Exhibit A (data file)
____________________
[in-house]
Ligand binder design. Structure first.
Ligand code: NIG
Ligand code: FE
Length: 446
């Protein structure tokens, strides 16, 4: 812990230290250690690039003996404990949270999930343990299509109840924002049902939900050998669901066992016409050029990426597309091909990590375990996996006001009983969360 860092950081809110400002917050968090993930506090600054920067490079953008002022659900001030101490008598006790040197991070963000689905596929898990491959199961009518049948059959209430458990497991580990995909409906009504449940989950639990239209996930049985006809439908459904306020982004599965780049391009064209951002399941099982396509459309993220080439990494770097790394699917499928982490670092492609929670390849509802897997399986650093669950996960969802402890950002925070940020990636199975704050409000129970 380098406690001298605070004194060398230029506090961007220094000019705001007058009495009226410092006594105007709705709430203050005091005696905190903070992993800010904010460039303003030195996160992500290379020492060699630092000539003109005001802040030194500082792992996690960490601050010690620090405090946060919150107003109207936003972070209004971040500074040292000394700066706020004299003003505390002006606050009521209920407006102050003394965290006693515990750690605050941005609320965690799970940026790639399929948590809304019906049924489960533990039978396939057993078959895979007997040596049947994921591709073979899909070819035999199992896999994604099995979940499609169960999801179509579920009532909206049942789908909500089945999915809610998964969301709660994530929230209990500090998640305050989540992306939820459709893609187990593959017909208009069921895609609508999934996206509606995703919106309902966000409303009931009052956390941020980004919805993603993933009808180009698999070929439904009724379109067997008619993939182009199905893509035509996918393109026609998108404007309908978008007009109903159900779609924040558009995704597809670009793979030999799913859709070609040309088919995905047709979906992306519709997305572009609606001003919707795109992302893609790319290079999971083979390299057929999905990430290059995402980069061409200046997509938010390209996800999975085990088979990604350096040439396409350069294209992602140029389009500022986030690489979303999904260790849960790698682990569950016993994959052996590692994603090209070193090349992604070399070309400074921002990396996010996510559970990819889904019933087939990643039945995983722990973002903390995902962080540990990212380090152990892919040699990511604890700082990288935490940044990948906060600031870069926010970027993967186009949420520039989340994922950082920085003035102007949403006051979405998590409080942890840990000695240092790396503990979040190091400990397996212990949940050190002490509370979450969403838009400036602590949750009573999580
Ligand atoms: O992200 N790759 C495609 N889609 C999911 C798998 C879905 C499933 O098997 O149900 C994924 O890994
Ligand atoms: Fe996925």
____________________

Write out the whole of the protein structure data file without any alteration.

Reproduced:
[in-house]
Ligand binder design. Structure first.
Ligand code: NIG
Ligand code: FE
Length: 446
């Protein structure tokens, strides 16, 4: 812990230290250690690039003996404990949270999930343990299509109840924002049902939900050998669901066992016409050029990426597309091909990590375990996996006001009983969360 860092950081809110400002917050968090993930506090600054920067490079953008002022659900001030101490008598006790040197991070963000689905596929898990491959199961009518049948059959209430458990497991580990995909409906009504449940989950639990239209996930049985006809439908459904306020982004599965780049391009064209951002399941099982396509459309993220080439990494770097790394699917499928982490670092492609929670390849509802897997399986650093669950996960969802402890950002925070940020990636199975704050409000129970 380098406690001298605070004194060398230029506090961007220094000019705001007058009495009226410092006594105007709705709430203050005091005696905190903070992993800010904010460039303003030195996160992500290379020492060699630092000539003109005001802040030194500082792992996690960490601050010690620090405090946060919150107003109207936003972070209004971040500074040292000394700066706020004299003003505390002006606050009521209920407006102050003394965290006693515990750690605050941005609320965690799970940026790639399929948590809304019906049924489960533990039978396939057993078959895979007997040596049947994921591709073979899909070819035999199992896999994604099995979940499609169960999801179509579920009532909206049942789908909500089945999915809610998964969301709660994530929230209990500090998640305050989540992306939820459709893609187990593959017909208009069921895609609508999934996206509606995703919106309902966000409303009931009052956390941020980004919805993603993933009808180009698999070929439904009724379109067997008619993939182009199905893509035509996918393109026609998108404007309908978008007009109903159900779609924040558009995704597809670009793979030999799913859709070609040309088919995905047709979906992306519709997305572009609606001003919707795109992302893609790319290079999971083979390299057929999905990430290059995402980069061409200046997509938010390209996800999975085990088979990604350096040439396409350069294209992602140029389009500022986030690489979303999904260790849960790698682990569950016993994959052996590692994603090209070193090349992604070399070309400074921002990396996010996510559970990819889904019933087939990643039945995983722990973002903390995902962080540990990212380090152990892919040699990511604890700082990288935490940044990948906060600031870069926010970027993967186009949420520039989340994922950082920085003035102007949403006051979405998590409080942890840990000695240092790396503990979040190091400990397996212990949940050190002490509370979450969403838009400036602590949750009573999580
Ligand atoms: O992200 N790759 C495609 N889609 C999911 C798998 C879905 C499933 O098997 O149900 C994924 O890994
Ligand atoms: Fe996925």